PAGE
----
The 3DTV Hype Race Gets An Early Start
Verizon continues to take shots at cable 3D efforts...
Last week Verizon took a few jabs
at Cablevision's decision to air the first hockey game in 3D, complaining that the cable operator was just "hoping to make headlines." Verizon took the opportunity to again complain that Cablevision is withholding MSG HD from competitors, while promising that a better Verizon FiOS 3D TV launch would be coming later this year. This week, Comcast grabbed headlines for demonstrating the Masters golf tournament in 3D
, staking claim to the first live national next-generation 3D broadcast of a major sporting event on TV:
...this event will mark a series of industry firsts - the first live national next-generation 3D broadcast of a major sporting event on TV, the first live simulcast of a next-gen 3D event online, and the industry's first live multi-camera next-gen 3D production. . . To make the experience possible, Comcast will use our fiber network to carry a 3D production feed provided to the Comcast Media Center where we will package it for distribution to our systems and the Masters website. Sony and IBM are playing critical roles in working with us and the Masters to make this 3D broadcast available to consumers.
Given the limited number of 3D sets out there right now, 3DTV is a niche segment carriers are getting an early jump at bickering over -- and Comcast expects only a few thousands Masters 3D viewers next week. Verizon is pretty clearly concerned that they're not getting out in front of the hype, and that with cable carriers withholding access to 3D sporting events, they're going to be left behind. A Verizon press release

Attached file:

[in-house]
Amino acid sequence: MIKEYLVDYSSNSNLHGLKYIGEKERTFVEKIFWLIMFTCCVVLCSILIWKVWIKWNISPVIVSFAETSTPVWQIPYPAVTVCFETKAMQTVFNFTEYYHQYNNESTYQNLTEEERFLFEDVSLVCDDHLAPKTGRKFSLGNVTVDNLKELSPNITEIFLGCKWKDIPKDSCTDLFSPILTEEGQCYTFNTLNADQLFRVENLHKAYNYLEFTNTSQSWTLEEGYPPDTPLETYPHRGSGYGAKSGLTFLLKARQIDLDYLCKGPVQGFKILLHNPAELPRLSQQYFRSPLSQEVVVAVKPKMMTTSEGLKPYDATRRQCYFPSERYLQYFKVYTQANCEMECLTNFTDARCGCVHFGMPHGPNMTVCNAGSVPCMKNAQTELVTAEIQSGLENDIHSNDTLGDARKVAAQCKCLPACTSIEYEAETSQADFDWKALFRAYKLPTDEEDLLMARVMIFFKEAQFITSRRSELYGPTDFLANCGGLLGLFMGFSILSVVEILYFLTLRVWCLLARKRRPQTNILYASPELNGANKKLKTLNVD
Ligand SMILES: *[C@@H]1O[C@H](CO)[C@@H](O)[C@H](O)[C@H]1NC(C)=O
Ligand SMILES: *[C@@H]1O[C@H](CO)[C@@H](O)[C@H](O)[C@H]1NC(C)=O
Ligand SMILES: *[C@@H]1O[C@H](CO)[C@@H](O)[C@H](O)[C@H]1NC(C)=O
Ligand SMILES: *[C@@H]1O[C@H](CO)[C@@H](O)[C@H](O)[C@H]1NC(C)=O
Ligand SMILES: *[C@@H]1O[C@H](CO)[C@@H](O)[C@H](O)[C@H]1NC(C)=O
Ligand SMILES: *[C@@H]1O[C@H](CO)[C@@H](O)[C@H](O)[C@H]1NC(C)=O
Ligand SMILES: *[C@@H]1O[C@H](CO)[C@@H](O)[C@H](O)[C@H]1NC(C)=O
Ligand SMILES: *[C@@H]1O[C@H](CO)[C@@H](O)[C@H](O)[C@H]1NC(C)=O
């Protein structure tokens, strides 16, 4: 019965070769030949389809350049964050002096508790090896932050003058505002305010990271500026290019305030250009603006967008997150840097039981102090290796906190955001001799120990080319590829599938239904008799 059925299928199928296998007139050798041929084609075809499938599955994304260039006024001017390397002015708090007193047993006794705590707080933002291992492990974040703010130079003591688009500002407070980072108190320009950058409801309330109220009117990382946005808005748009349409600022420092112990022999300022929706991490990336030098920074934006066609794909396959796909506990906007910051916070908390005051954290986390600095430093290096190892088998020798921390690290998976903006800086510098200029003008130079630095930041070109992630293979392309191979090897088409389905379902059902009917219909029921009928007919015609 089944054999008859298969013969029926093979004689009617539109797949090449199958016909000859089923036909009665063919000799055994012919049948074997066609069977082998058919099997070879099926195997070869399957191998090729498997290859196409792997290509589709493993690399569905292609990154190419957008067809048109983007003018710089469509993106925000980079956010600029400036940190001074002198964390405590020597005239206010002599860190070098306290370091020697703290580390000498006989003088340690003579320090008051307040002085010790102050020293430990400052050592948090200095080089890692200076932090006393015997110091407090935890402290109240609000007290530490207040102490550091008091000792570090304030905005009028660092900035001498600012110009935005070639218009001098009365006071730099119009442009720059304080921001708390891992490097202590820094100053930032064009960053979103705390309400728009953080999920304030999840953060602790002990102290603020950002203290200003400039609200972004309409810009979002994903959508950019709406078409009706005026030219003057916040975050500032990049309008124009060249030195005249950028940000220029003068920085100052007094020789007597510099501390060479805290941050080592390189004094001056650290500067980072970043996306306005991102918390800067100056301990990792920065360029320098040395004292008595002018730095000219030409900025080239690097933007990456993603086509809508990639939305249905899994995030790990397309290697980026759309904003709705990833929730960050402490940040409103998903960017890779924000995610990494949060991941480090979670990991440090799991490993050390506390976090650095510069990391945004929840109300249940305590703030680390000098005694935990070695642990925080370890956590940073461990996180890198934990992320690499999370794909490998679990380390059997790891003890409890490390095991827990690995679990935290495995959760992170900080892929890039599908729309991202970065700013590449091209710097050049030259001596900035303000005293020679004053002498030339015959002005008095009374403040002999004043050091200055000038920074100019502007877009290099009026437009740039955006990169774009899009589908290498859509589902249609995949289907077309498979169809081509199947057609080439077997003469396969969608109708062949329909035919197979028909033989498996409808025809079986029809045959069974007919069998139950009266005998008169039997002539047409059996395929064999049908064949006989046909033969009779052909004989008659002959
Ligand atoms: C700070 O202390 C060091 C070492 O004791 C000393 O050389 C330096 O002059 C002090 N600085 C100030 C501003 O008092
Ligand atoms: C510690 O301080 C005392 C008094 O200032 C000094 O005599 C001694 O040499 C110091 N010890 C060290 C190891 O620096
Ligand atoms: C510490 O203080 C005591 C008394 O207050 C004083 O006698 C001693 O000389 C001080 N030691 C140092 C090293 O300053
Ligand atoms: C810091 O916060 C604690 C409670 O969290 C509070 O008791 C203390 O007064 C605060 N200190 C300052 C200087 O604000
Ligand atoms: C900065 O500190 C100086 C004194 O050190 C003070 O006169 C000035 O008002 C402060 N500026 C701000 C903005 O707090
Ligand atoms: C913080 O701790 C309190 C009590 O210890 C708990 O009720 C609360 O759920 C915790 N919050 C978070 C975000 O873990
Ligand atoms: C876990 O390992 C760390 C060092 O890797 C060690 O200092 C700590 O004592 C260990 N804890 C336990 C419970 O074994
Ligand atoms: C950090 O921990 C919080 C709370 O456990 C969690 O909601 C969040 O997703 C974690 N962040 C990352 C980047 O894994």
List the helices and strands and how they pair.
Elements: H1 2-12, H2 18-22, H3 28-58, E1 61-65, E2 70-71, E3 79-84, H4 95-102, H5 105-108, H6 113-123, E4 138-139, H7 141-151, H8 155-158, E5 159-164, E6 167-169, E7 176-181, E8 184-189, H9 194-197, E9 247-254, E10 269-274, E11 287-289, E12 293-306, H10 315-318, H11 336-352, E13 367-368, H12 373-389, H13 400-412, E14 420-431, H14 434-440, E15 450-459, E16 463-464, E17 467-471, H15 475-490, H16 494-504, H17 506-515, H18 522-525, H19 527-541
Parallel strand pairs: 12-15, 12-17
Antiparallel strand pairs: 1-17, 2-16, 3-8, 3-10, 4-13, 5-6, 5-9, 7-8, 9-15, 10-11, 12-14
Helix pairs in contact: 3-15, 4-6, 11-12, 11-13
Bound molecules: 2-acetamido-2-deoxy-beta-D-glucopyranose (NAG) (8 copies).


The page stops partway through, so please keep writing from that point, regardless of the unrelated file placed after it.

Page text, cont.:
calls Comcast's 3D efforts "hype," and again promising consumers a "Quality 3D TV Experience" -- just not yet:
3D content is just now becoming available from a handful of providers like ESPN. As it becomes available, TV service providers like Verizon will negotiate deals to telecast that content. We are in active discussions with a number of companies in the emerging 3D value chain...There are content distribution companies that own content and that are simply running demonstration events early in the evolution of 3D. These early events seem to be aimed at the viewers who just went through the challenge of getting the best HD sets. Some content owners have elected to specifically exclude Verizon and other competitive distributors from carriage of these 3D events in an effort to advantage their distribution businesses.
Verizon continues to insist they'll have their own 3DTV service available before the 2010 holiday season. We're a pretty bleeding-edge crew around here, and the general response to 3DTV by many of our users seems to be a series of yawns. How many people are really chomping at the bit to buy another HDTV during a recession?